What’s Involved In Stem Cell Therapy For Arthritic Dogs

Pet owners who have dogs with osteoarthritis know how heartbreaking it is to see their four-legged children suffer from painful joint stiffness and mobility loss. The standard treatments of losing weight, exercising, and using NSAIDs (nonsteroidal anti-inflammatory drugs) don’t always work. That’s why some dog owners are reaching out to stem cell therapy as a solution. If you have a dog that struggles with osteoarthritis, here’s what you need to know about stem cell therapy.

The Treatment Process

First, a veterinarian collects some fat cells from your dog’s body. Your dog is anesthetized for about 15 minutes, which is how long it takes for a vet to remove about two tablespoons of fat cells.

Next, the fat collection is sent to a lab, where it remains in isolation for about 24 hours. After the regenerative cells are returned, the vet injects the cells back into the dog’s affected arthritic joints. Hopefully, the regenerative cells will release chemicals that help reduce inflammation and restore damaged tissue.

Success Rate

Because each dog is unique, there aren’t any guarantees. However, clinical improvements have been noted in 95 percent of cases, throughout the United States. While some pet owners witnessed an improvement in only a week, others didn’t see a difference for one to two months. In most cases, it’s expected a dog will show improvement within 90 days after being treated.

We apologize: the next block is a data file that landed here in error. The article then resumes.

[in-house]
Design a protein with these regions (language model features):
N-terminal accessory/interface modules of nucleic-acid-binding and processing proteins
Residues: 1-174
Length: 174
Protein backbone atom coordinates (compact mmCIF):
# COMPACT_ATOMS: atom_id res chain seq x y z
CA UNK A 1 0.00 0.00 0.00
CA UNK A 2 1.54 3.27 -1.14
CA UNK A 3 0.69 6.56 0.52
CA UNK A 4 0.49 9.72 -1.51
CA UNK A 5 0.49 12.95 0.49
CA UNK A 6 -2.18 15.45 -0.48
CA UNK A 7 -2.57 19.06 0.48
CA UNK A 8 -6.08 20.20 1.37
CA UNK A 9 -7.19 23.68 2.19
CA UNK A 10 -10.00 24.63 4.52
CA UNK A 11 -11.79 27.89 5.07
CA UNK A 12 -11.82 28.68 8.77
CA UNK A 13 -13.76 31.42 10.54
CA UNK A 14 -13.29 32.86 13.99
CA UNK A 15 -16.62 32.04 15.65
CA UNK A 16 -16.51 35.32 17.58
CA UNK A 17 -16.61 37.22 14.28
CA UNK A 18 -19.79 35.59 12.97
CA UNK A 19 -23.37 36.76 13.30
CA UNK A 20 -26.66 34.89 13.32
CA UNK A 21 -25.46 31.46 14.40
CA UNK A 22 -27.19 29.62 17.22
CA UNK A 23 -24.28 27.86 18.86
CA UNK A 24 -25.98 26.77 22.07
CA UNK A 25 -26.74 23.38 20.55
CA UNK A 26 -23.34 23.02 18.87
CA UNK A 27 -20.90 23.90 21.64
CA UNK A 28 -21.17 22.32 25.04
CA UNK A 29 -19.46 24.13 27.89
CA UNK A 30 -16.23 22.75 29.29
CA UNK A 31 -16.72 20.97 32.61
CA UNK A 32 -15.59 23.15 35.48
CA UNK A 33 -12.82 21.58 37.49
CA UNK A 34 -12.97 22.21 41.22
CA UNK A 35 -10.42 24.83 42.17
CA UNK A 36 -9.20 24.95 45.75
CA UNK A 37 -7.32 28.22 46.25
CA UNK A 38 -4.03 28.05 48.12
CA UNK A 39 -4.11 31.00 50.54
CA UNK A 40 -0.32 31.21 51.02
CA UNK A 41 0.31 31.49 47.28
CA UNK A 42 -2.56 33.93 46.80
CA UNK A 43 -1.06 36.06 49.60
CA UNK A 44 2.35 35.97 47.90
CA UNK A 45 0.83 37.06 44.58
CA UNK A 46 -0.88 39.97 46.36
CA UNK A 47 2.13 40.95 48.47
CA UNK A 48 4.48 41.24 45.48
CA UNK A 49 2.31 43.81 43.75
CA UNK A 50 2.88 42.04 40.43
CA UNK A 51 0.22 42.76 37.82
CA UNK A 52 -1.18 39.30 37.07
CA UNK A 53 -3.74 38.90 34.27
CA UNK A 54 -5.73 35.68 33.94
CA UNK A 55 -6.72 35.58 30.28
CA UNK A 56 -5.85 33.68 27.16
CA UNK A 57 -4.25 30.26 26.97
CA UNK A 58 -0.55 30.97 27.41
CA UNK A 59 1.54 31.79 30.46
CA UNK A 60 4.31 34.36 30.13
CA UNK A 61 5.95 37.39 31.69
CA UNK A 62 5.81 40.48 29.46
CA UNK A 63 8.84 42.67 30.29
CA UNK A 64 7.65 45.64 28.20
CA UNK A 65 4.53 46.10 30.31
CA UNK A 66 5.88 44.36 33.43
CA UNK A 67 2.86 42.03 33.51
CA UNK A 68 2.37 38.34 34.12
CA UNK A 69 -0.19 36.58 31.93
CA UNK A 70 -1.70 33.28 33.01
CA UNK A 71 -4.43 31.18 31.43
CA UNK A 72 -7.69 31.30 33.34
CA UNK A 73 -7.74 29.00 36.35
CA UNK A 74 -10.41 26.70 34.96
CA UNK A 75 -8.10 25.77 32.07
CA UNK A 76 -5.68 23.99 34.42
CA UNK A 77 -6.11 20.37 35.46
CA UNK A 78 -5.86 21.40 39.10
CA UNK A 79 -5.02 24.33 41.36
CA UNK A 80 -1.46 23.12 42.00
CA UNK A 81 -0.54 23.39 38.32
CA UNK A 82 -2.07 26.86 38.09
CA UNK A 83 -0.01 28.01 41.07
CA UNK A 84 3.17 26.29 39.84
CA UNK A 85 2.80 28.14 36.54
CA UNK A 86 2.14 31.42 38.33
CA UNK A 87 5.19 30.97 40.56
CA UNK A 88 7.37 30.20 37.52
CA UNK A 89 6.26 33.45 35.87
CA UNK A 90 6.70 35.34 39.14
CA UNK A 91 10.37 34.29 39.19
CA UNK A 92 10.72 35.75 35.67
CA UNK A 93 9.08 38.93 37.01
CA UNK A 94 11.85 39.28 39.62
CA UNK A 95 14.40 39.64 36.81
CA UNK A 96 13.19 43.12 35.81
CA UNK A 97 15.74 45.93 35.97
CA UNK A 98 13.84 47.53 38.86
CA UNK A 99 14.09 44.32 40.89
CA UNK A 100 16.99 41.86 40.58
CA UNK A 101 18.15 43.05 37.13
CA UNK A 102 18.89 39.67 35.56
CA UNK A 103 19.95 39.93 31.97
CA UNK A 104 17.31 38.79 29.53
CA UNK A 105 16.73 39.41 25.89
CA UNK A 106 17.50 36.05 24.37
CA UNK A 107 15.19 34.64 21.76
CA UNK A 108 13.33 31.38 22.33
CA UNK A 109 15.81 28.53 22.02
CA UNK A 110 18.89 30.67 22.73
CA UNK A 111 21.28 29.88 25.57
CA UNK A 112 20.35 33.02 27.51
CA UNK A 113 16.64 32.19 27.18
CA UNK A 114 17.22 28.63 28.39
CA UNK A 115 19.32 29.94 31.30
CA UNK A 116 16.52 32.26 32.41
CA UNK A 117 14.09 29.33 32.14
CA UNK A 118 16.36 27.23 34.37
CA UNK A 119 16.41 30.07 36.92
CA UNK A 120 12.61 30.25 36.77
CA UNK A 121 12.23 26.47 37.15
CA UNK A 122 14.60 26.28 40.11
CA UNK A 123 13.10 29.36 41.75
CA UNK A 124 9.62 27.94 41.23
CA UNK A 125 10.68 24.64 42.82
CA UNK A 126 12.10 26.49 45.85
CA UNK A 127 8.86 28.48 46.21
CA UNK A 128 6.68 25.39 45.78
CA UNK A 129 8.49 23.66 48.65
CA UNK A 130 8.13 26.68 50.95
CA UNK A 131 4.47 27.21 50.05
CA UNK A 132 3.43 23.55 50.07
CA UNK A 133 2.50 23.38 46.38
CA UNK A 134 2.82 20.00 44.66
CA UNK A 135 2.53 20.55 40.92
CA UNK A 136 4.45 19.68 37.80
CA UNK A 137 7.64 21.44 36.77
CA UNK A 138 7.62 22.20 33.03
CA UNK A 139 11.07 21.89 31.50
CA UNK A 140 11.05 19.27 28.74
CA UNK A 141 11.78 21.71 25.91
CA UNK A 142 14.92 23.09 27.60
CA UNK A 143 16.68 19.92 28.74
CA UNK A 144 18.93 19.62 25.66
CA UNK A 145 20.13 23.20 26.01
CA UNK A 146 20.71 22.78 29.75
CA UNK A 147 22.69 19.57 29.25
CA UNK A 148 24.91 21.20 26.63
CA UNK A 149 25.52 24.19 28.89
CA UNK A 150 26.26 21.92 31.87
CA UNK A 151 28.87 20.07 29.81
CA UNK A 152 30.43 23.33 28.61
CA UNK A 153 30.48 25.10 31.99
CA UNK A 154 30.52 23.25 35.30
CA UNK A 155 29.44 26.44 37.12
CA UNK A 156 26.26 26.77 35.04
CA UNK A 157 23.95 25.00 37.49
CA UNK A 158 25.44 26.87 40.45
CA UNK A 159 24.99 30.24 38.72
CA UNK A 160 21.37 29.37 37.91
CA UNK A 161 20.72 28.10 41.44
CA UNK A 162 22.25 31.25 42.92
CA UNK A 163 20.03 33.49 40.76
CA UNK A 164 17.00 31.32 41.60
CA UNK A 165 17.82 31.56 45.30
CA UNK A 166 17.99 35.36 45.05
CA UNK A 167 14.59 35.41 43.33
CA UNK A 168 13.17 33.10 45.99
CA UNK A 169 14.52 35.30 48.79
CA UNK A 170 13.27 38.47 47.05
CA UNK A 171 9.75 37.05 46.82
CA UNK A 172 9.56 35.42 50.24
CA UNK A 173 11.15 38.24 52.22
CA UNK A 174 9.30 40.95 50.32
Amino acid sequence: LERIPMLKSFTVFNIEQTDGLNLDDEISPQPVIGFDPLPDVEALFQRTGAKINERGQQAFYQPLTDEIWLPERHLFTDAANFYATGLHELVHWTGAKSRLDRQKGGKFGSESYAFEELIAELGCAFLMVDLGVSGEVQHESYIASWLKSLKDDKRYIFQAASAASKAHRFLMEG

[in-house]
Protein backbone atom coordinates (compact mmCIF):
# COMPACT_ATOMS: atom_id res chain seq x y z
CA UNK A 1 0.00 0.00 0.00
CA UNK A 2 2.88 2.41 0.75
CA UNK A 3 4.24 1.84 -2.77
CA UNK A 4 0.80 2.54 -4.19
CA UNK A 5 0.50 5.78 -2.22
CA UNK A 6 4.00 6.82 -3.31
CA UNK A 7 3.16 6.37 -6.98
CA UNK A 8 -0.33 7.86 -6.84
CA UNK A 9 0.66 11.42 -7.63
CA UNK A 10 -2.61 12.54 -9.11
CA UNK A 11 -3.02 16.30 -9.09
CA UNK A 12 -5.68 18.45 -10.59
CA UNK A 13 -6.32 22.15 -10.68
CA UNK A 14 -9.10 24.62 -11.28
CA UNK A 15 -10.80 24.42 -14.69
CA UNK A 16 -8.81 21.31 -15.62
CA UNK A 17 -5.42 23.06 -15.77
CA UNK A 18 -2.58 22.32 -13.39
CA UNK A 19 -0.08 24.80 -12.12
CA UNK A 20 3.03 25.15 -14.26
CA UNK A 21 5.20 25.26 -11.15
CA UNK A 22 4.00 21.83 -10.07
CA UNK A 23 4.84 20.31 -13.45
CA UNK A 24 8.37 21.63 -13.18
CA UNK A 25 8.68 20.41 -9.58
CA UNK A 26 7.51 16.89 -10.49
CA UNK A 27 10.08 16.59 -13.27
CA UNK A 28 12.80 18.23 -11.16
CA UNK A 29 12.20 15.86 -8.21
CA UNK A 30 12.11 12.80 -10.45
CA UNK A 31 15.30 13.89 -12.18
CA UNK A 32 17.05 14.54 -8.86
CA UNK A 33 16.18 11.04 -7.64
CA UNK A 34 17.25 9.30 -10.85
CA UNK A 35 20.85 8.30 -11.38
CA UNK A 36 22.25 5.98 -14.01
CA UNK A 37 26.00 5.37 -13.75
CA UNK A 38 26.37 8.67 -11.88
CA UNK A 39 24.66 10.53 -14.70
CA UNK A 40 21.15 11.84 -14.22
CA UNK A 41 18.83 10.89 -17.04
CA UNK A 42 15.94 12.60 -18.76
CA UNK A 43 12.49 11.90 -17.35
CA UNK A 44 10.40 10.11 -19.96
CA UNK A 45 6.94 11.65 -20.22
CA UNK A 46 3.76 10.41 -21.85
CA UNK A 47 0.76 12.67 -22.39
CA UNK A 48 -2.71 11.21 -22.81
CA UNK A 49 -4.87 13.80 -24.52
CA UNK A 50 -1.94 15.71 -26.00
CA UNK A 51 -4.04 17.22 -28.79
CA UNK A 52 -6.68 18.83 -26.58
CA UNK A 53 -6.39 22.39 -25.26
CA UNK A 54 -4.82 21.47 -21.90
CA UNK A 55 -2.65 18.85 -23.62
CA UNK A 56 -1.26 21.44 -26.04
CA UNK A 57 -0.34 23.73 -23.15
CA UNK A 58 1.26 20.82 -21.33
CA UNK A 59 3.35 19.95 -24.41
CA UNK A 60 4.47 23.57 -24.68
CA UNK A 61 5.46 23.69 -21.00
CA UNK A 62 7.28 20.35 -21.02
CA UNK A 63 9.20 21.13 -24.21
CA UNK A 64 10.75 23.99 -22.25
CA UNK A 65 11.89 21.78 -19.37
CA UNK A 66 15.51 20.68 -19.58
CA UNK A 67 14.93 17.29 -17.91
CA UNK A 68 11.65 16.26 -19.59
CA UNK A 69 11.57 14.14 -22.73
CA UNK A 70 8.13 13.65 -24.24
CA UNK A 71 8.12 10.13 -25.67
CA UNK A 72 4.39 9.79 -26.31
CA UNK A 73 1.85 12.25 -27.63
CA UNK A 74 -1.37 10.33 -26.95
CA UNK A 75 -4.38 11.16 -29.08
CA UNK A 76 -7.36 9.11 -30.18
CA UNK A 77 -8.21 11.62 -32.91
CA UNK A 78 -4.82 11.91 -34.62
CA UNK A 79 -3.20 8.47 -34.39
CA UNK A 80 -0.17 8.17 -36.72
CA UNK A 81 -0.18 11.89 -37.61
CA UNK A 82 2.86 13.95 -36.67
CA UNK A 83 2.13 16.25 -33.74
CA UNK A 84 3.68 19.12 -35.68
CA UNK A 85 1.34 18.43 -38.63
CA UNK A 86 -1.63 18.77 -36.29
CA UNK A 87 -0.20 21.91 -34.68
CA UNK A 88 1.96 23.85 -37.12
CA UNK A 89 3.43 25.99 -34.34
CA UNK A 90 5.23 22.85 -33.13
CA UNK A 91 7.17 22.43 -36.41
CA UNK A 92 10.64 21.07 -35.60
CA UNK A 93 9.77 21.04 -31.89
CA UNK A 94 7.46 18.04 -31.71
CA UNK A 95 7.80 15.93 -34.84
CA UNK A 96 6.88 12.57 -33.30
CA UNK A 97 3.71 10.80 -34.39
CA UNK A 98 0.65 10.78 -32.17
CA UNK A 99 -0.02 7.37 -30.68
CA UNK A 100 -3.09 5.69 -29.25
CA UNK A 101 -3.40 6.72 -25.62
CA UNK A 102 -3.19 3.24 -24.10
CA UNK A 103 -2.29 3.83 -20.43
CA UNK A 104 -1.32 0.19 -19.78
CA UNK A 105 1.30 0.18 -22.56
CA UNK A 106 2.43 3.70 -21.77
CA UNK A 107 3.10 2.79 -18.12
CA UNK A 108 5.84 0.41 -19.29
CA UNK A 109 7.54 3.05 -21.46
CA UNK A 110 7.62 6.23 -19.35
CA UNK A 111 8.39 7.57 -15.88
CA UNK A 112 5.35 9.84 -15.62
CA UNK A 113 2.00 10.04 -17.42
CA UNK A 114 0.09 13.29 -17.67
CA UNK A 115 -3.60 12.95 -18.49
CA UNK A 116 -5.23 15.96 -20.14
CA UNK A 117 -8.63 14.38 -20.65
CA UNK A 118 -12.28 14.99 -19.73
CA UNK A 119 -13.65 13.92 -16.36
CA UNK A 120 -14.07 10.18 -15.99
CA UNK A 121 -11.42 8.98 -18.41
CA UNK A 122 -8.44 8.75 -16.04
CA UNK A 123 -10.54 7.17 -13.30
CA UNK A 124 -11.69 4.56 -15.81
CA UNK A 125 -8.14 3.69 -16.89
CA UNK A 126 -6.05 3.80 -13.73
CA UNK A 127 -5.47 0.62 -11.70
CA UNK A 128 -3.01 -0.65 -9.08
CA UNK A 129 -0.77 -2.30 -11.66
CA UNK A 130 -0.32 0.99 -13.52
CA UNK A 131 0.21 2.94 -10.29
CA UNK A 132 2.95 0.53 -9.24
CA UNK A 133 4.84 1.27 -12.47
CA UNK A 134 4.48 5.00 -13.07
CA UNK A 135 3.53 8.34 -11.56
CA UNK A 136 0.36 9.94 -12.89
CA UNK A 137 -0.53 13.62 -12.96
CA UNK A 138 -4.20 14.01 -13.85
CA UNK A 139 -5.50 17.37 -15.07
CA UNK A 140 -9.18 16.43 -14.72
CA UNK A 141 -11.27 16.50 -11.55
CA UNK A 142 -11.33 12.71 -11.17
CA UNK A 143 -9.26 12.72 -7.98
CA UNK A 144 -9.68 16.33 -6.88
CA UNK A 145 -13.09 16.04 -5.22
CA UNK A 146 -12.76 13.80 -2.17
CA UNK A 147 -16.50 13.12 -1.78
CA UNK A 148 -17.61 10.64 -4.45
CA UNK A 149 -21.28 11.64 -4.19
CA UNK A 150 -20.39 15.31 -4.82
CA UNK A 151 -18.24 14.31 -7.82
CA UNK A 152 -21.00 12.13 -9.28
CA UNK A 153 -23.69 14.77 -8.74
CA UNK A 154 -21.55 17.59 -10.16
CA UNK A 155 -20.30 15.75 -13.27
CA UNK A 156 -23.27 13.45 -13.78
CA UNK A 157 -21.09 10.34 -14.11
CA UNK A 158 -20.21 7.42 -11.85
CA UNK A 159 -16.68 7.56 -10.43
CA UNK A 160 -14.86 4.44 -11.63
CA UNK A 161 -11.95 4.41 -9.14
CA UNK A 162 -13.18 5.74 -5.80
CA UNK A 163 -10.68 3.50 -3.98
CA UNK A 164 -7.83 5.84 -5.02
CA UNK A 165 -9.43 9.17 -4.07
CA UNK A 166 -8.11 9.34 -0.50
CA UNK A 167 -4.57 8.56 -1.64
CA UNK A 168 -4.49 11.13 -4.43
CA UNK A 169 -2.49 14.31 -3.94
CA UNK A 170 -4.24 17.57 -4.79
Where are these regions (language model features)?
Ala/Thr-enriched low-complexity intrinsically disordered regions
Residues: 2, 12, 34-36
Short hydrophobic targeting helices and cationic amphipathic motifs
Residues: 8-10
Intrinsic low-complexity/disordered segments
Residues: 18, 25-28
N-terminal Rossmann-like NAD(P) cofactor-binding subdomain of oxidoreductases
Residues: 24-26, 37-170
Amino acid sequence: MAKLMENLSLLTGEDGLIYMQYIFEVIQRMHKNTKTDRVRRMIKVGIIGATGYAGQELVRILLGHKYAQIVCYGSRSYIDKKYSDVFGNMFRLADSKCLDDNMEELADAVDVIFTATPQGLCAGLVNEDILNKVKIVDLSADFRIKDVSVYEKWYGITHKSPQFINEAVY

Considerations and Warnings

  • The best candidates for stem cell therapy are dogs that have overall good health, other than canine osteoarthritis.
  • Depending on your location, the treatment can range in cost from $1800 to $2800. Surprisingly, many pet insurance policies cover the cost.
  • Multiple injections may be needed if your dog has exceptionally severe osteoarthritis. Therefore, it’s a good idea to bank some additional stem cells.
  • A common misconception is that stem cell therapy can cure canine osteoarthritis. Instead, the purpose of this treatment is to lower anti-inflammatory effects on a long-term basis and slow down cartilage deterioration.
  • You don’t have to worry about cell rejection, allergic reaction, or disease transmission. This is because the cells are not synthetic as they come from your dog’s own cells.
  • In rare cases, a dog may have a mild immune reaction in an injected joint. Fortunately, this should subside within one to two days.
  • Dogs that undergo stem cell therapy can pave the path for humans who may need similar treatments.

You don’t have to stand by and watch your dog suffer needlessly from uncomfortable symptoms. If your dog hasn’t responded to traditional treatments for osteoarthritis, ask your vet, such as at Meadow View Veterinary Clinic, about stem cell therapy for dogs.